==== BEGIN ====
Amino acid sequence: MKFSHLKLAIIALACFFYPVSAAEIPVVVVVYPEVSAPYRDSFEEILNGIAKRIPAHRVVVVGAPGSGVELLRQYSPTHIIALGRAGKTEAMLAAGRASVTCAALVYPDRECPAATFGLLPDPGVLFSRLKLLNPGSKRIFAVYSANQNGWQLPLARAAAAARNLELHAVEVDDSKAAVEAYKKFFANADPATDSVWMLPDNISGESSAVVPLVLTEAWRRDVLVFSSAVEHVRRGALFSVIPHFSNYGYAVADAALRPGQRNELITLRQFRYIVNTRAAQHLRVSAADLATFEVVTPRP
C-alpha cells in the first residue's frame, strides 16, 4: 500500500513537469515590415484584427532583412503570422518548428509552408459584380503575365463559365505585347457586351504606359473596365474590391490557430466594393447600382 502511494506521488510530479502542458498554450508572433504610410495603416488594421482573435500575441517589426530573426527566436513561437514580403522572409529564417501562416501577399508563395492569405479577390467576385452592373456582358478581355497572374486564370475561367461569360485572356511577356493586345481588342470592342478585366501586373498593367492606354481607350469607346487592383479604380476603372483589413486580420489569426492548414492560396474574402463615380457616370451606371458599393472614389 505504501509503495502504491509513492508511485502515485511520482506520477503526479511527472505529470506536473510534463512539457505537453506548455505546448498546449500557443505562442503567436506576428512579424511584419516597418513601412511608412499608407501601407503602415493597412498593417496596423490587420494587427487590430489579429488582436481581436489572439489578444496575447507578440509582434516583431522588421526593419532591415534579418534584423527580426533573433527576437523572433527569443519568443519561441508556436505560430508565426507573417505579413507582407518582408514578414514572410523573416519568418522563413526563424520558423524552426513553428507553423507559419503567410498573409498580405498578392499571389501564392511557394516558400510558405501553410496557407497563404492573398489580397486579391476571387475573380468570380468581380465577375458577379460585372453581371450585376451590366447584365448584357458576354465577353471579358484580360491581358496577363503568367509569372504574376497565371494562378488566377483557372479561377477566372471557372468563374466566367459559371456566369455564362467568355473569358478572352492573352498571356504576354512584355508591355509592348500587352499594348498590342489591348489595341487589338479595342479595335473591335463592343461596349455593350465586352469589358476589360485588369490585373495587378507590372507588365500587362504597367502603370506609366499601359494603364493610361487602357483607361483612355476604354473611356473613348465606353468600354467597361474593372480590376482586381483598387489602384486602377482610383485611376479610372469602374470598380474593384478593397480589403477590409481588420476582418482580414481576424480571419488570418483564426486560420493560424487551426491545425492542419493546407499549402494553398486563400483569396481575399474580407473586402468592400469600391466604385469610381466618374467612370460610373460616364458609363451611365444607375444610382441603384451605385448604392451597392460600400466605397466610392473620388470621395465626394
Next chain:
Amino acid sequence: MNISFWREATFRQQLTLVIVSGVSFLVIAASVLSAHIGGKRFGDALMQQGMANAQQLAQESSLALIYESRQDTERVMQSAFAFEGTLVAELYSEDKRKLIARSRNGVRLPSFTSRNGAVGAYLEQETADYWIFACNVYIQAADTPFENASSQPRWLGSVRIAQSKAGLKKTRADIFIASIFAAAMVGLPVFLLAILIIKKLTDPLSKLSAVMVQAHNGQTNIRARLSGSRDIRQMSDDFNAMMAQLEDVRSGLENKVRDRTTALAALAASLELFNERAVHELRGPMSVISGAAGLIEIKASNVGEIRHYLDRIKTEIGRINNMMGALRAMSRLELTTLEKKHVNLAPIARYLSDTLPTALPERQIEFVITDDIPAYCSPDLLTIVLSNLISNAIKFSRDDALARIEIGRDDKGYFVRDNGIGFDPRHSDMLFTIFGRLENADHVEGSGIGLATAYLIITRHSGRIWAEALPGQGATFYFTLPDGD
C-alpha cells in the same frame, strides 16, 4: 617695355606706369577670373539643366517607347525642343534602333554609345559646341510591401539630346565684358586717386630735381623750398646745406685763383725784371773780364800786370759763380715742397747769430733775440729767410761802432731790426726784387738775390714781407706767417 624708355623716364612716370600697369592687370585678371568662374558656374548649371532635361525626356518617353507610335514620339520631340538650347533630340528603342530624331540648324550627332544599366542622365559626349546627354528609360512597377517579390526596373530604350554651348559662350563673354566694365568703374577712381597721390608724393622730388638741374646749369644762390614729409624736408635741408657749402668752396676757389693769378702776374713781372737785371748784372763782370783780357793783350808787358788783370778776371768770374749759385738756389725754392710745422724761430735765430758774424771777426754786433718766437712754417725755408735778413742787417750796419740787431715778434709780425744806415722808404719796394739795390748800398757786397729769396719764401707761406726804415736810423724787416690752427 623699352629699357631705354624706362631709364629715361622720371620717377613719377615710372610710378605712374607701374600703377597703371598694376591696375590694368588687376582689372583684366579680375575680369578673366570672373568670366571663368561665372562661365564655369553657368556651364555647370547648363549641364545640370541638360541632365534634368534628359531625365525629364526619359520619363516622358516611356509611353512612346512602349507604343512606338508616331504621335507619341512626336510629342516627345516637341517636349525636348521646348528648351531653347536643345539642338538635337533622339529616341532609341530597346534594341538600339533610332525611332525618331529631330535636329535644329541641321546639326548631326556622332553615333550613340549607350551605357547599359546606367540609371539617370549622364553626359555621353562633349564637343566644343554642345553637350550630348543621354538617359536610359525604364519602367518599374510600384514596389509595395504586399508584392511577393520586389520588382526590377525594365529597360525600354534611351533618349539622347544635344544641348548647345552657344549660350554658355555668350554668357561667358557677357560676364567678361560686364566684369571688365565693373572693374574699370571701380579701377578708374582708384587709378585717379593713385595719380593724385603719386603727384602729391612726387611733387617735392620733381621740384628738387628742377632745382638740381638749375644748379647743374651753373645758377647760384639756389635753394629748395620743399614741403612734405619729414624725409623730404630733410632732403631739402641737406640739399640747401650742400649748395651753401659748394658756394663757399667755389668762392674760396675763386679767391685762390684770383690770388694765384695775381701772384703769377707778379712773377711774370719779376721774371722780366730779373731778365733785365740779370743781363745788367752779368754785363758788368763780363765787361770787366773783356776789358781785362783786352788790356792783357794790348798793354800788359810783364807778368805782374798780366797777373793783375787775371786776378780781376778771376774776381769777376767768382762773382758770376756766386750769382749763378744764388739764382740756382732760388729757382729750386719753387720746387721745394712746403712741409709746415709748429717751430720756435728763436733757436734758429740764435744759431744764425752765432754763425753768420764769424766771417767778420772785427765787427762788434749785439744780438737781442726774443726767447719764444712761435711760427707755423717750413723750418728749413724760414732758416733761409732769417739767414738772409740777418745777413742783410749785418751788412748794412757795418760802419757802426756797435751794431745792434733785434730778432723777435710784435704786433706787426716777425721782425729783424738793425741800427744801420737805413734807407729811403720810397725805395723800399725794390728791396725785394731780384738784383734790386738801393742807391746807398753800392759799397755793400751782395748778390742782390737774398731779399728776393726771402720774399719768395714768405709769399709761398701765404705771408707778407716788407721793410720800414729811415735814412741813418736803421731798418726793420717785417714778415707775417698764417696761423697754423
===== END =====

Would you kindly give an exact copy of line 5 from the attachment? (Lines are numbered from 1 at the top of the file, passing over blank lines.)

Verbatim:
C-alpha cells in the same frame, strides 16, 4: 617695355606706369577670373539643366517607347525642343534602333554609345559646341510591401539630346565684358586717386630735381623750398646745406685763383725784371773780364800786370759763380715742397747769430733775440729767410761802432731790426726784387738775390714781407706767417 624708355623716364612716370600697369592687370585678371568662374558656374548649371532635361525626356518617353507610335514620339520631340538650347533630340528603342530624331540648324550627332544599366542622365559626349546627354528609360512597377517579390526596373530604350554651348559662350563673354566694365568703374577712381597721390608724393622730388638741374646749369644762390614729409624736408635741408657749402668752396676757389693769378702776374713781372737785371748784372763782370783780357793783350808787358788783370778776371768770374749759385738756389725754392710745422724761430735765430758774424771777426754786433718766437712754417725755408735778413742787417750796419740787431715778434709780425744806415722808404719796394739795390748800398757786397729769396719764401707761406726804415736810423724787416690752427 623699352629699357631705354624706362631709364629715361622720371620717377613719377615710372610710378605712374607701374600703377597703371598694376591696375590694368588687376582689372583684366579680375575680369578673366570672373568670366571663368561665372562661365564655369553657368556651364555647370547648363549641364545640370541638360541632365534634368534628359531625365525629364526619359520619363516622358516611356509611353512612346512602349507604343512606338508616331504621335507619341512626336510629342516627345516637341517636349525636348521646348528648351531653347536643345539642338538635337533622339529616341532609341530597346534594341538600339533610332525611332525618331529631330535636329535644329541641321546639326548631326556622332553615333550613340549607350551605357547599359546606367540609371539617370549622364553626359555621353562633349564637343566644343554642345553637350550630348543621354538617359536610359525604364519602367518599374510600384514596389509595395504586399508584392511577393520586389520588382526590377525594365529597360525600354534611351533618349539622347544635344544641348548647345552657344549660350554658355555668350554668357561667358557677357560676364567678361560686364566684369571688365565693373572693374574699370571701380579701377578708374582708384587709378585717379593713385595719380593724385603719386603727384602729391612726387611733387617735392620733381621740384628738387628742377632745382638740381638749375644748379647743374651753373645758377647760384639756389635753394629748395620743399614741403612734405619729414624725409623730404630733410632732403631739402641737406640739399640747401650742400649748395651753401659748394658756394663757399667755389668762392674760396675763386679767391685762390684770383690770388694765384695775381701772384703769377707778379712773377711774370719779376721774371722780366730779373731778365733785365740779370743781363745788367752779368754785363758788368763780363765787361770787366773783356776789358781785362783786352788790356792783357794790348798793354800788359810783364807778368805782374798780366797777373793783375787775371786776378780781376778771376774776381769777376767768382762773382758770376756766386750769382749763378744764388739764382740756382732760388729757382729750386719753387720746387721745394712746403712741409709746415709748429717751430720756435728763436733757436734758429740764435744759431744764425752765432754763425753768420764769424766771417767778420772785427765787427762788434749785439744780438737781442726774443726767447719764444712761435711760427707755423717750413723750418728749413724760414732758416733761409732769417739767414738772409740777418745777413742783410749785418751788412748794412757795418760802419757802426756797435751794431745792434733785434730778432723777435710784435704786433706787426716777425721782425729783424738793425741800427744801420737805413734807407729811403720810397725805395723800399725794390728791396725785394731780384738784383734790386738801393742807391746807398753800392759799397755793400751782395748778390742782390737774398731779399728776393726771402720774399719768395714768405709769399709761398701765404705771408707778407716788407721793410720800414729811415735814412741813418736803421731798418726793420717785417714778415707775417698764417696761423697754423